The inescapable truth of modern life is that all interactions with the internet are recorded and stored, creating digital imprints of user activity and personal information. In the highly interconnected world of the internet, there is no such thing as a simple online interaction between two parties. While tools do exist to erase the digital trails of some interactions, the complex value chains involved in online shopping, information searching and social media conversations create “digital ghosts” that are almost impossible to erase.
Understanding the scale of the problem
Leveraging its Inbox Scan tool, digital and payments security specialist Dashlane estimates that:
- On average, more than 107 shopping, social media and communications accounts were linked to a typical email address in 2015, with the figure rising to 130 in the U.S. and 118 in the U.K.
- The number of email-linked accounts was growing at a rate of 14% per year, effectively doubling every five years.
- The average number of accounts per internet user is expected to reach 207 by 2020. The statistics clearly indicate a continual rise in the number of online transactions. As consumers’ preference for online shopping increases, the privacy risks associated with stored personal data also increase.
It is unlikely that consumers making a one-time purchase from a vendor will close and delete the account once that purchase has been fulfilled. As a result, a record of the shopper’s personal information, including email address, phone number, bank details and physical mailing address would be retained by the vendor and could be shared with third parties. Opting out of information sharing is not entirely risk-free, either. If the online seller is acquired or goes out of business, the parties assuming control of its assets may not be legally bound to honor such agreements with the customer.
A single web-based transaction involves many intermediaries, such as credit card companies, banks, clearinghouses, logistics and shipping companies, email hosting providers and internet search engines. Online vendors’ proprietary “one-click shopping” applications can pare down the number of intermediaries involved in a transaction and contain the dissemination of information, but personal data will still be shared between several parties.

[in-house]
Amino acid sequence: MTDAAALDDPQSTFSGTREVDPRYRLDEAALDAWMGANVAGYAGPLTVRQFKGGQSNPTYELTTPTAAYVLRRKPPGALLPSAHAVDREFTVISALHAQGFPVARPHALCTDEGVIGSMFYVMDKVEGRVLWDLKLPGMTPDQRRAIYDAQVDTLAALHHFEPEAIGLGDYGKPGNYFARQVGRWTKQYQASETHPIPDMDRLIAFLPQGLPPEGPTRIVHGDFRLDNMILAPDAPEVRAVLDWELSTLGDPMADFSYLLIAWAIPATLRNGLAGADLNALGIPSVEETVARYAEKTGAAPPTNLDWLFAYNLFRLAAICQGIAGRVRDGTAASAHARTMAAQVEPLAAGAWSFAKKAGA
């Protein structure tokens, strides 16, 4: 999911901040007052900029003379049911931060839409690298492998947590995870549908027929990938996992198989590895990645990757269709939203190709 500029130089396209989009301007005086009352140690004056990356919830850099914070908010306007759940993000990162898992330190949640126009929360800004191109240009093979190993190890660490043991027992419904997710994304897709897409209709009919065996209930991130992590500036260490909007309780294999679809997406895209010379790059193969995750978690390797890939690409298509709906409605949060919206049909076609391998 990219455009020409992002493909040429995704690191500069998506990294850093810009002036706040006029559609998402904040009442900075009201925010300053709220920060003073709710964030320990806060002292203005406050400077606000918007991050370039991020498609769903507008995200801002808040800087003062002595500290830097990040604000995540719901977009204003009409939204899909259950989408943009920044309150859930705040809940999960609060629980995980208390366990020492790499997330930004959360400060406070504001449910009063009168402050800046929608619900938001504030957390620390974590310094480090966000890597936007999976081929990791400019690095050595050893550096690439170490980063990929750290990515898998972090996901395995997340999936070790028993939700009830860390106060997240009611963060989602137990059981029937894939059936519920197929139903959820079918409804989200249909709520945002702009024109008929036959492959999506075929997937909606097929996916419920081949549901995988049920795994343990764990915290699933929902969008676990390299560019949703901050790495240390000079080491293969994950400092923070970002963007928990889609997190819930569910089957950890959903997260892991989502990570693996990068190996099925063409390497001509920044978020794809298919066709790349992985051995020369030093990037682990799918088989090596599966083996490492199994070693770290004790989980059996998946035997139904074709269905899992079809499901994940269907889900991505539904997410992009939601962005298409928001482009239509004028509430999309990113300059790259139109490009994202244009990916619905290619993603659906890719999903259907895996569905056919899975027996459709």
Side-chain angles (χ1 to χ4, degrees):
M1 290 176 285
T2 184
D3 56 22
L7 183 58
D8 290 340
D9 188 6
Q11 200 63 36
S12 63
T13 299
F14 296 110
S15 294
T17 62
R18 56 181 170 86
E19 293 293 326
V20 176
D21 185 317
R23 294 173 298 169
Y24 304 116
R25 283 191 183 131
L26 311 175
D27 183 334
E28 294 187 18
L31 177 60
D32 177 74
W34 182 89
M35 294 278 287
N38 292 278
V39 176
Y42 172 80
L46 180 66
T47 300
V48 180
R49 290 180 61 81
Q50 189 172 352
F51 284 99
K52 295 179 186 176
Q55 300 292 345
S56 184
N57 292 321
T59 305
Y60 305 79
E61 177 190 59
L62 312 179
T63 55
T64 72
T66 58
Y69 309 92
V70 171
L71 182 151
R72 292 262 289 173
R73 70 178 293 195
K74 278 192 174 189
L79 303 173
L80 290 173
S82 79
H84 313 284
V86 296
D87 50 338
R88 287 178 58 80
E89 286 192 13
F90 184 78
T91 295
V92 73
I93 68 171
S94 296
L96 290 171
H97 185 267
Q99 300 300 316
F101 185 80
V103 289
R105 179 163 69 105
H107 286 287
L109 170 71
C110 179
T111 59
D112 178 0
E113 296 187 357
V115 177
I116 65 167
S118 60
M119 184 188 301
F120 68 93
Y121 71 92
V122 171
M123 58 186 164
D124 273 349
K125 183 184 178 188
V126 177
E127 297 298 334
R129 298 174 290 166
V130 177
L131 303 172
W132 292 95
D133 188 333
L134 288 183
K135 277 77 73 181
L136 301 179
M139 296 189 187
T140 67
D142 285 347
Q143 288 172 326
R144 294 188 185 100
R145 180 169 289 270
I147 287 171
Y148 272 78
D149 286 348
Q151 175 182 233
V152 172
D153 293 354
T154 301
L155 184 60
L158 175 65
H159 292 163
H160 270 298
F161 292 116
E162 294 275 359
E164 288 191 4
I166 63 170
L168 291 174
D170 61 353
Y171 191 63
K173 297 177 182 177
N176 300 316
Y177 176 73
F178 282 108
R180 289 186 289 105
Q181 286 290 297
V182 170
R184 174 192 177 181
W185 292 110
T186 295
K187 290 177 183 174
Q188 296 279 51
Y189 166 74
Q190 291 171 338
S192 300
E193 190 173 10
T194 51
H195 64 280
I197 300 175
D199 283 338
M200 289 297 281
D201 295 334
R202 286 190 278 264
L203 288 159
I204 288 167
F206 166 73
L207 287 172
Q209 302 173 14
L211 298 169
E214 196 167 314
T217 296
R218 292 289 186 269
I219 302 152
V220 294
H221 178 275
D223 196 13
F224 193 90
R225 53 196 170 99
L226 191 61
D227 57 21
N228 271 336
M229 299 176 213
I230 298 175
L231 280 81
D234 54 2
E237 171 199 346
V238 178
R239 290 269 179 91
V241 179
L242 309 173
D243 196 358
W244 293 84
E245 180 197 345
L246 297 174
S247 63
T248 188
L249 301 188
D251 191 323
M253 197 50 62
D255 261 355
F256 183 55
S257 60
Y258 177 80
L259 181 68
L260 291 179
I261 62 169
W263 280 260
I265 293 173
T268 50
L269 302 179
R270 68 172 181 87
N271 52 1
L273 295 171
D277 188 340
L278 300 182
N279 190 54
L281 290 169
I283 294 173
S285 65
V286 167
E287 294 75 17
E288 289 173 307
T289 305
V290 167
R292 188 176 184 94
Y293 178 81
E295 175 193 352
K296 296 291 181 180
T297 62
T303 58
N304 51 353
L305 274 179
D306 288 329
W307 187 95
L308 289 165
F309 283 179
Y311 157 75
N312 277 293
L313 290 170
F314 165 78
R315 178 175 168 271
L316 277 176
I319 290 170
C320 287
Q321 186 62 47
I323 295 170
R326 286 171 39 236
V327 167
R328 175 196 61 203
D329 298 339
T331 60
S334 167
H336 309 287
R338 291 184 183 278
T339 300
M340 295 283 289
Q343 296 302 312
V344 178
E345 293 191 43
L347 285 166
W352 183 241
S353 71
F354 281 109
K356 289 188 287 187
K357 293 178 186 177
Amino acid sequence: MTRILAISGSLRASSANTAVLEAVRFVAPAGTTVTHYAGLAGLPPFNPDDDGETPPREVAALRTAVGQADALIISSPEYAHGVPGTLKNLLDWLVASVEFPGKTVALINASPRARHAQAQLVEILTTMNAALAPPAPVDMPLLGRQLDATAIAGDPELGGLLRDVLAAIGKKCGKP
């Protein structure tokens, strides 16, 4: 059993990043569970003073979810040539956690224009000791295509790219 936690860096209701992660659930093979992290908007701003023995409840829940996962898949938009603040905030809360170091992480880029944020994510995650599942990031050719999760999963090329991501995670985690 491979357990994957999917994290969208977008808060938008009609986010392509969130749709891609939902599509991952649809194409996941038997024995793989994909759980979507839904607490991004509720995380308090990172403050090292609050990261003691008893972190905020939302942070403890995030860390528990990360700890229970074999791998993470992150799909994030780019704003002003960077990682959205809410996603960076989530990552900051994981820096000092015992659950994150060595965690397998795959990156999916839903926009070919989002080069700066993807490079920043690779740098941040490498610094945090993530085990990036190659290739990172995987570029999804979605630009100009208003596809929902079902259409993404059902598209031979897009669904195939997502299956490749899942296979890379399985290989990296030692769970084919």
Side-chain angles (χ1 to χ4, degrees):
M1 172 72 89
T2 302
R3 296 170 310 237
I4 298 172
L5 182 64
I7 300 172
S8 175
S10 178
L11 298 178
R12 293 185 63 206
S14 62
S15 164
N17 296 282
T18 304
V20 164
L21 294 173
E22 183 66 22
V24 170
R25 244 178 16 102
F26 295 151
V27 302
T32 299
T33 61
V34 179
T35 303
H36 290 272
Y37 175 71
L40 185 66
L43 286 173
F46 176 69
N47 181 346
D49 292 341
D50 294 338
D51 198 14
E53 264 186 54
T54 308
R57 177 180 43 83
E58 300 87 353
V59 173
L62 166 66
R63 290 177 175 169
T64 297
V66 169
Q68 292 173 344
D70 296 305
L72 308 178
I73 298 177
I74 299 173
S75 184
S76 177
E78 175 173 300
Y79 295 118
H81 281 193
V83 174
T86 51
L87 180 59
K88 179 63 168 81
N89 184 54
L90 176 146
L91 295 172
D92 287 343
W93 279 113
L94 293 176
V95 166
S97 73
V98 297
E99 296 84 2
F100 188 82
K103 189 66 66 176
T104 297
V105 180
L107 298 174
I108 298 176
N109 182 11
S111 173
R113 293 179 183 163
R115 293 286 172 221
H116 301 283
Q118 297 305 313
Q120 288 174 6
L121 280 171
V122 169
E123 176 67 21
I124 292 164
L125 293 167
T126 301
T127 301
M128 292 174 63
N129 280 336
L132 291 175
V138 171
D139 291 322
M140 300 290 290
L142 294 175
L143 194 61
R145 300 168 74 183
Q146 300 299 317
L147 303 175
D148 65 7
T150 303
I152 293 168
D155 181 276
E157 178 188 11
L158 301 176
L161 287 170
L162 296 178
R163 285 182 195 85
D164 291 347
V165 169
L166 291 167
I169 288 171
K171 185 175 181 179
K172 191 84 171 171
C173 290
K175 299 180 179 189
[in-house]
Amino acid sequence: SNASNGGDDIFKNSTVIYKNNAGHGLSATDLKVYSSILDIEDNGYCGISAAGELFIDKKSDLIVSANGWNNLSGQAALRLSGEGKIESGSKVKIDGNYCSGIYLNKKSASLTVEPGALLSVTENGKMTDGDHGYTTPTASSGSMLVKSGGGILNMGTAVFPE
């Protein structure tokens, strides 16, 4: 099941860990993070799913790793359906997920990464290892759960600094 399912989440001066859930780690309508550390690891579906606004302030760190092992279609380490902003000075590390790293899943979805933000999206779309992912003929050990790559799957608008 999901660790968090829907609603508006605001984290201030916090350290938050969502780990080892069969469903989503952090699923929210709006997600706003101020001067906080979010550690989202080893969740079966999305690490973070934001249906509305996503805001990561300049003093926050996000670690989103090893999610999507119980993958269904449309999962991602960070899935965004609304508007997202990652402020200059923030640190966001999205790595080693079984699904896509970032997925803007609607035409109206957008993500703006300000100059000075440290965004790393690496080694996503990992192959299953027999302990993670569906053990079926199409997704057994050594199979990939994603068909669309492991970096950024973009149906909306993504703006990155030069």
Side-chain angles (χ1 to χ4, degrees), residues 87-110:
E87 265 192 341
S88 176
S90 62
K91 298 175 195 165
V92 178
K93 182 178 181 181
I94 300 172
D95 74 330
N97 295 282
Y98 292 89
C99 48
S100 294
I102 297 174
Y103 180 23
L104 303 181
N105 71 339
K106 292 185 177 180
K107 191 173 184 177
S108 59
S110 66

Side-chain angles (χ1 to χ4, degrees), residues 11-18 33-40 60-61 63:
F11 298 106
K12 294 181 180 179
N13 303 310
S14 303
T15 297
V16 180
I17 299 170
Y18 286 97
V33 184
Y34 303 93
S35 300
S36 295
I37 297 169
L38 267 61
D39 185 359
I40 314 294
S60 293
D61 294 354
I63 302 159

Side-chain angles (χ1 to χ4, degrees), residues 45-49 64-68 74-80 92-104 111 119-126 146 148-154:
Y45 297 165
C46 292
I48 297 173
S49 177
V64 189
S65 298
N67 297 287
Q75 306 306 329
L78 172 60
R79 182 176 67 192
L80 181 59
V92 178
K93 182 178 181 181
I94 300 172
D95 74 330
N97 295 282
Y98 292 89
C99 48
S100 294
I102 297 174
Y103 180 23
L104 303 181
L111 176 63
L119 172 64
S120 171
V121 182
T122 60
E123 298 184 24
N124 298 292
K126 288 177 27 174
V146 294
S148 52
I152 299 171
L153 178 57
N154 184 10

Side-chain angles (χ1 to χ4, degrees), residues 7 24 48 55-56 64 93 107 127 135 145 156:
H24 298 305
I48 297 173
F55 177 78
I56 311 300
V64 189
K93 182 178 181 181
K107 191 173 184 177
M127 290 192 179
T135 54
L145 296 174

Dude, where’s my data?
Online vendors are required to keep records of all transactions for tax and security purposes and, faced with the high cost of storing increasing volumes of sensitive data, vendors increasingly opt to store such data on external systems. While many countries around the world are moving quickly to enshrine the principle of data sovereignty in law, massive quantities of historical data are already stored in data centers around the world. Tracking down and deleting that data — which may have been disseminated in a fragmentary form to multiple players in the value chain — would be an immense challenge, and efforts to track down and delete data will, themselves, create a new digital footprint.
Consumers are increasingly concerned about the extent to which personal data resides on the internet after closing and deleting accounts. In response, Google has offered the Right To Be Forgotten tool, giving individuals and companies the ability to remove sensitive or incorrect personal information from its records. However, Google’s rigorous check-list, which is designed to prevent abuse of the tool, can discourage its use. In addition, if other web users have already viewed that data or linked to it from other sources, the Right To Be Forgotten tool’s abilities are diminished.